Konstrukt - Live At Tarcento Jazz (Holidays, 2015)
Konstrukt have another live record out on the fantastic Italian, experimental/free/improv label Holidays. This one features the core group, with no appearances by favorite collaborators Joe McPhee or Peter Brotzmann. As someone that is relatively new to the Turkish quartet, I’ve been listening to as many of their records as I can get my hands on to get an idea of their style. I think I can now say that their signature style revolves around dynamism.
Konstrukt are most rooted in free jazz to be certain, but like many of the modern bands in this arena they neither fit neatly into the molds of New York loft jazz, or the offshoots of creative music coming out of Chicago, Europe, etc. shortly thereafter. They draw a lot of their style from modern experimental music, using a lot of electronics and affected instruments to create droning, ambient textures throughout. They also touch on psychedelic music quite often, best demonstrated on Sun Ra-esque electric organ boogies over washing sounds of static and dissonance.
This live set starts with some very free drumming reminiscent of Sunny Murray; all cymbals and snare, no time keeping. A low grumble of electronic drone remains consistent in the background, slowly shifting guitar tones set the tempo, oscillating and sounding like it’s going through a wah pedal. The reeds soar over this in ecstatic bursts of lyrical phrasing and short adventures into high register squeaks and skronks in-between. Korhan Futaci shows that he is definitely a very capable player.
The focus shifts and the guitar and reeds begin to establish some interplay while the ominous droning continues underfoot. Ozun Usta’s bass starts to pop up more in places and helps to bring things back to the jazz genre at times. My only complaint would be that we didn’t hear enough of this.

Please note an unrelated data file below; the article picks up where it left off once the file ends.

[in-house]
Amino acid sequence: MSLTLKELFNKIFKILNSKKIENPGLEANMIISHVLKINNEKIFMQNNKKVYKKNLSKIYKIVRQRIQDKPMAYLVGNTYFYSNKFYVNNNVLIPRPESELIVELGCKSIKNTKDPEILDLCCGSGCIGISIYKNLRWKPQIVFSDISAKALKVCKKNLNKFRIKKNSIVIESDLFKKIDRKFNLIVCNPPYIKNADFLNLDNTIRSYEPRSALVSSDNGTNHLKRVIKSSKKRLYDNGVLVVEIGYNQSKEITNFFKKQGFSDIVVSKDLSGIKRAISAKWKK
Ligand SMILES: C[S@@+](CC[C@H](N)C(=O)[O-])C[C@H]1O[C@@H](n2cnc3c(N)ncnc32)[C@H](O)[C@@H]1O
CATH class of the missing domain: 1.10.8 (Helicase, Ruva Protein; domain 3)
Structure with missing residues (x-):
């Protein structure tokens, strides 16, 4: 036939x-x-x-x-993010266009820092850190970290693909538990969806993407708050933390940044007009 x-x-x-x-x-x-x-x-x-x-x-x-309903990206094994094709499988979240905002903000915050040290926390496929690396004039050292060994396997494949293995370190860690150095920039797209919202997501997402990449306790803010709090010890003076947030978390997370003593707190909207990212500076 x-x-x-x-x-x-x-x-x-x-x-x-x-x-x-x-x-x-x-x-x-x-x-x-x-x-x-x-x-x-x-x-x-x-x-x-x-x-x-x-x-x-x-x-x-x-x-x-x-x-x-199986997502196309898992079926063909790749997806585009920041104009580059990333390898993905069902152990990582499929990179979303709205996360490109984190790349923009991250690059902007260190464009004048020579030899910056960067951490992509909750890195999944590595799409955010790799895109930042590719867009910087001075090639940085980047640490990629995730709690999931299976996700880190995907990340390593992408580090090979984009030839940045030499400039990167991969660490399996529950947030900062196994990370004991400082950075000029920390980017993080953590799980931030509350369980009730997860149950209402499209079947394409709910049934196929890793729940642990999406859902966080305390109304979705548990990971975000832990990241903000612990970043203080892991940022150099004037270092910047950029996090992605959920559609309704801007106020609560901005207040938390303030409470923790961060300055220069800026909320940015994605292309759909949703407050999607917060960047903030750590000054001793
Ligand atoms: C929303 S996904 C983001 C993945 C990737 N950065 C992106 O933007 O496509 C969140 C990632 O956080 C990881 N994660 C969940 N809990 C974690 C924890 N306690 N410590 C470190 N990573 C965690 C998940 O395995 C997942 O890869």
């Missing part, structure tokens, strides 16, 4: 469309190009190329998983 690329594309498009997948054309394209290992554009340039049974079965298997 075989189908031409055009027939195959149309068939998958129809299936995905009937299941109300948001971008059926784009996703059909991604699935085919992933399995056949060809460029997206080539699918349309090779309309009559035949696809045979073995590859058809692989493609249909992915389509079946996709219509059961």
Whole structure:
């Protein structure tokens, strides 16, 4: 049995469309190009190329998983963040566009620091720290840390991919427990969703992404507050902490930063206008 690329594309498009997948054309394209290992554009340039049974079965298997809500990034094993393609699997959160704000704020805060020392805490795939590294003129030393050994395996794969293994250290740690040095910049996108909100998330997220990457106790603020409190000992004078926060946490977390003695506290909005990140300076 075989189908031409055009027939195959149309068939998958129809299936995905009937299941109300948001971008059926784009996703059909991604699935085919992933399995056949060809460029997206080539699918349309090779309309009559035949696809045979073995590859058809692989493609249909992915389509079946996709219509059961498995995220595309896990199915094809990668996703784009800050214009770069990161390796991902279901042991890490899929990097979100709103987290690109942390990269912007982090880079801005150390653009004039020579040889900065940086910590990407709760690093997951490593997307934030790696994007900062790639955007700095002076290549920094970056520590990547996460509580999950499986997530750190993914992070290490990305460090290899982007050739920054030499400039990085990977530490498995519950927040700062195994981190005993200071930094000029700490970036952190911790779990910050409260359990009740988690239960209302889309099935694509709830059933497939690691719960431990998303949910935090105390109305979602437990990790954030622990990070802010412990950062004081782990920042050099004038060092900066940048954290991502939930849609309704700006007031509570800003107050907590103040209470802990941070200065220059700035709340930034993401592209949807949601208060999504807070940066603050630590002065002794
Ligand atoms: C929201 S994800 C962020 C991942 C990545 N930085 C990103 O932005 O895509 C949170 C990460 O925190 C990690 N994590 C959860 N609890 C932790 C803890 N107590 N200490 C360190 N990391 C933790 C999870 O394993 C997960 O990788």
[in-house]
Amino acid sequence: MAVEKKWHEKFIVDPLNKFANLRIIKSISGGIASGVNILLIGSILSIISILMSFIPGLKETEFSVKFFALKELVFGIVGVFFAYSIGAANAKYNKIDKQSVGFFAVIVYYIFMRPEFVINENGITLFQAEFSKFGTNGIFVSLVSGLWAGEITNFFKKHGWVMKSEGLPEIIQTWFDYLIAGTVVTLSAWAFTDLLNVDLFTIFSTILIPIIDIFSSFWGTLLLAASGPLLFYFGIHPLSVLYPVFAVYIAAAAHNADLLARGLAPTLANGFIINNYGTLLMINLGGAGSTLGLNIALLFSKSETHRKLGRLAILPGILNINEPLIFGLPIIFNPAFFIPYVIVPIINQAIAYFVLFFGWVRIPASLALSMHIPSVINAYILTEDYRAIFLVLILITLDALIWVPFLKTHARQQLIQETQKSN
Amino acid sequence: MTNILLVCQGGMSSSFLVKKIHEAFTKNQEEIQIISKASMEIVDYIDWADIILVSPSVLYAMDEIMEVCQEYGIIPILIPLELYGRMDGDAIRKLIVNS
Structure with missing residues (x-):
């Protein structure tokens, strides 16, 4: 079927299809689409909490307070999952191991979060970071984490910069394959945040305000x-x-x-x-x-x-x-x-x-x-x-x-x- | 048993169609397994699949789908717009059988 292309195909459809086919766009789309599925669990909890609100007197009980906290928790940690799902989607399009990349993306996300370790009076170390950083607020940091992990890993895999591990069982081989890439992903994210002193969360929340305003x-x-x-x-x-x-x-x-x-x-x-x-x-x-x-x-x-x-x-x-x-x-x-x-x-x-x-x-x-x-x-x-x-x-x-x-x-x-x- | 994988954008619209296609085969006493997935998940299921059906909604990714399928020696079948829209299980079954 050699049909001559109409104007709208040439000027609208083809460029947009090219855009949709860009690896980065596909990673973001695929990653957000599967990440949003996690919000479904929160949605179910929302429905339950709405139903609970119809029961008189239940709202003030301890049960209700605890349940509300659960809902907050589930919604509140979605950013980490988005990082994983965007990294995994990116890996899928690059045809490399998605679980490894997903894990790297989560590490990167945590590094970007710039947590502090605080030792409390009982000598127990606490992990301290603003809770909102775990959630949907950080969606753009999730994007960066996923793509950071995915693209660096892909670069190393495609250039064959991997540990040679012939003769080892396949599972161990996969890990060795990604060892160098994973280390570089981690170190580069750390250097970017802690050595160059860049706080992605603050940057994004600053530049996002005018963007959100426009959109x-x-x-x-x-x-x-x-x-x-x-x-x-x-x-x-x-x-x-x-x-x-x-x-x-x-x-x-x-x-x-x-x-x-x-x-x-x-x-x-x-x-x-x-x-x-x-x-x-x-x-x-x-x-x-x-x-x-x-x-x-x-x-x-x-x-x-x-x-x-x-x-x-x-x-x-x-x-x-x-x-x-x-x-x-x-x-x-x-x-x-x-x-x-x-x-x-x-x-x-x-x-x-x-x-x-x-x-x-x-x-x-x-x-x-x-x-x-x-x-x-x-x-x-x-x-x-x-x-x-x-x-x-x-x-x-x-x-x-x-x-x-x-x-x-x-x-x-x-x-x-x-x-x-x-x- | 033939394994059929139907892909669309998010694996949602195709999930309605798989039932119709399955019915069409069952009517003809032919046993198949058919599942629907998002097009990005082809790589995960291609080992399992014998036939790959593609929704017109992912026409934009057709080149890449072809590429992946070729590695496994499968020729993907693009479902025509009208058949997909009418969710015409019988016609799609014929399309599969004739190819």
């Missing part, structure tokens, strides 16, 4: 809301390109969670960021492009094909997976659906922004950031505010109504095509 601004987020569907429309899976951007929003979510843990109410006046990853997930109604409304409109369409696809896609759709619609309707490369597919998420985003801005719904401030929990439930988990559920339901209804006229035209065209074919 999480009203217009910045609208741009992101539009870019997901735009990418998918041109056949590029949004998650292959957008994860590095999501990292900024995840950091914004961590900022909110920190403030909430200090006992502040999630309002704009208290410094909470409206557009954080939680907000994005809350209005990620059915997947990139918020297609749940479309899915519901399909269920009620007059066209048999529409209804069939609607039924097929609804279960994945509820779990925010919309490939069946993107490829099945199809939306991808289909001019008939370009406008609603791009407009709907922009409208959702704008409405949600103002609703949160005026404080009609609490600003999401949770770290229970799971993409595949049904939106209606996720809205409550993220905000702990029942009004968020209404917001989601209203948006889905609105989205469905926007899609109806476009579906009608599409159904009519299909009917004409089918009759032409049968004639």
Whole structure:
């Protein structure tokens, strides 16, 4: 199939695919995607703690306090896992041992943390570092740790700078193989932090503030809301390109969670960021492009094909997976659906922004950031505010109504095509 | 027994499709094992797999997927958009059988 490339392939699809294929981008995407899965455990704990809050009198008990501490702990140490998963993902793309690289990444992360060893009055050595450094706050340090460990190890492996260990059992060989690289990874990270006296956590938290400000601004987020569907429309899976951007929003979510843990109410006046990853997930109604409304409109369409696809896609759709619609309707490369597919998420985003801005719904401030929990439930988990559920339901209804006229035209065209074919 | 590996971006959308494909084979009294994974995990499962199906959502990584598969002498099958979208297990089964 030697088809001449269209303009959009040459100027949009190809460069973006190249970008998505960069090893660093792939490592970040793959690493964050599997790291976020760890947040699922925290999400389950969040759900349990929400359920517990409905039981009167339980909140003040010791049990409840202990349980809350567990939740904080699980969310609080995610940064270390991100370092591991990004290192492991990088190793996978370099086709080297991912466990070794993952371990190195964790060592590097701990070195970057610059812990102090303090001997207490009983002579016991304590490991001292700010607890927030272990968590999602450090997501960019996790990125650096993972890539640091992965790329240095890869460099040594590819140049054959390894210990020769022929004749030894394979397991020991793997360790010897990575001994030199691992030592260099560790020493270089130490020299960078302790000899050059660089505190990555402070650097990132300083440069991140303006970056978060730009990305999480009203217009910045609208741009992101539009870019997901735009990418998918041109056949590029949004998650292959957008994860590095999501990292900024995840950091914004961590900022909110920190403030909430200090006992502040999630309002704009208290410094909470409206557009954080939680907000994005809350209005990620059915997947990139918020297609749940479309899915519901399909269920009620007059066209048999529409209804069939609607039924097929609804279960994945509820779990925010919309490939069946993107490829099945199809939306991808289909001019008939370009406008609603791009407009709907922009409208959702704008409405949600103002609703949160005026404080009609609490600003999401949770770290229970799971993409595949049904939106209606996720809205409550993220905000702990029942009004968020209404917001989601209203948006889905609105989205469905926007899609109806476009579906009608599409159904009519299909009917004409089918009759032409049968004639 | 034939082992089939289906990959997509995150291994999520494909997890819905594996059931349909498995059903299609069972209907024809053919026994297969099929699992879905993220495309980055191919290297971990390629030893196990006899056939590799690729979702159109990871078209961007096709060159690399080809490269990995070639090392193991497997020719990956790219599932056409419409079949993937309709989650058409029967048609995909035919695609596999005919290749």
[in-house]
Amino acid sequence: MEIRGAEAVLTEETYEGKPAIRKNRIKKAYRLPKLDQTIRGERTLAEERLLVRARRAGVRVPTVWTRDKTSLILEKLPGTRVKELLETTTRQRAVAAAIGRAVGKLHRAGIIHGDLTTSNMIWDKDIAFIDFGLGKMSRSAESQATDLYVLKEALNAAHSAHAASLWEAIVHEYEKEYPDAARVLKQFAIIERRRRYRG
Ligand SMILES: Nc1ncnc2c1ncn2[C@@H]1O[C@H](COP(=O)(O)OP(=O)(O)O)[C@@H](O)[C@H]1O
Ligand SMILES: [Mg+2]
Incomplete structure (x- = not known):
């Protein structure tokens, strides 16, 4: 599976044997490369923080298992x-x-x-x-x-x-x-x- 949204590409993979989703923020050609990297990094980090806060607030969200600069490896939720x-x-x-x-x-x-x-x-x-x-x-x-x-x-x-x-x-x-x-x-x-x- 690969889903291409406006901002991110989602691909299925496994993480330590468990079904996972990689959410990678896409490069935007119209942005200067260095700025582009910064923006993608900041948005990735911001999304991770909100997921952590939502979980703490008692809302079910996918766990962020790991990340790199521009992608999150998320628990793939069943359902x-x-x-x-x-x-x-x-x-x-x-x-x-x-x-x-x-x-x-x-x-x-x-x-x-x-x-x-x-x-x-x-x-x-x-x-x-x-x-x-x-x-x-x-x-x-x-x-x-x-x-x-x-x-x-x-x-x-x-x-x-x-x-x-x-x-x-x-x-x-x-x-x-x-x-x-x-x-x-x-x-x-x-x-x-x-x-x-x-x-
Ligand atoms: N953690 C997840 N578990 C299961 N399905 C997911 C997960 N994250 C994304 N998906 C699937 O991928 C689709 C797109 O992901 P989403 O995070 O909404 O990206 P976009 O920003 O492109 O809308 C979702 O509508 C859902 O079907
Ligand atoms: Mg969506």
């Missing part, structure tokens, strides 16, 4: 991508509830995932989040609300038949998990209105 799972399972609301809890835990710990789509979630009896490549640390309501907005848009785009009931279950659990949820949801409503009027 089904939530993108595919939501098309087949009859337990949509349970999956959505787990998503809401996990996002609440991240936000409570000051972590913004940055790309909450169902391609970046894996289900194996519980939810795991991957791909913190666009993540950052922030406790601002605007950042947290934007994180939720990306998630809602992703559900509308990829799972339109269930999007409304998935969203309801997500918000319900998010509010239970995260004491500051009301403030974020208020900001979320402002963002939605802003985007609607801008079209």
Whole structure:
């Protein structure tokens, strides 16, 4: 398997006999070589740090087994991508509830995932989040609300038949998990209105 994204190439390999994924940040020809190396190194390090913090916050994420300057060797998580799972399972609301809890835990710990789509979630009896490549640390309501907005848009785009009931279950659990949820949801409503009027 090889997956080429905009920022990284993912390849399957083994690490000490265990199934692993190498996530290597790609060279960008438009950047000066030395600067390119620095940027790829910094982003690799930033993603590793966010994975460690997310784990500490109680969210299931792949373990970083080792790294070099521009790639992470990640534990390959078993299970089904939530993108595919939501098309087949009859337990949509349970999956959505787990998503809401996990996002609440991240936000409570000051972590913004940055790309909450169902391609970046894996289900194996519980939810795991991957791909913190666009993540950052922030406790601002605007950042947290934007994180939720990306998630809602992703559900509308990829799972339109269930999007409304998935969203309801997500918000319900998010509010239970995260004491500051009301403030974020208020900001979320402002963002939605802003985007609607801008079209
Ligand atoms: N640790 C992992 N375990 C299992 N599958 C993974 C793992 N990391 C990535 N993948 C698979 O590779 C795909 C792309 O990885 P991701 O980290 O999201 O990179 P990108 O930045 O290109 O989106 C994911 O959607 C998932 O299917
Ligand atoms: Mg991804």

The rest of the album effortlessly moves in and out of style, and some of the players multi-instrumental leanings help with this. The sections where the guitar is replaced with flute are excellent as well, as it mixes in with the reeds and does everything from providing textural underpinning to lyrical soloing. The rhythm section, too, goes from totally free into a somewhat disjointed fusion funk. When the guitar takes the lead there are some beautiful/destructive shades of Sonny Sharrock present. There are also very spacey moments of sparse percussion with introspective flute playing over top of it.
I think what Konstrukt does best is pull together related but different forms of music and improvisation and ties them into a nebulous but purposeful approach. It doesn’t feel too scattered or unrelated at any point, which is a good thing. Some of it is definitely reminiscent of older free jazz musicians, but none of it is mindless aping. They have an effortless ability to flow in and out of styles and moods, but at the heart they have a unique style that is more than just the sum of its parts.
If I had any complaints it would be that maybe they release too many albums (which is really a complaint based on not having enough money to get so many records shipped over from Europe!) and that maybe some of the albums could be edited down. It’s fantastic that we can hear so much of their playing, especially because free jazz is a genre where we sometimes have limited access to a musician’s recordings, but there is something to say for being very deliberate and selective when it comes to releases. Regardless, I’m ready for the next one.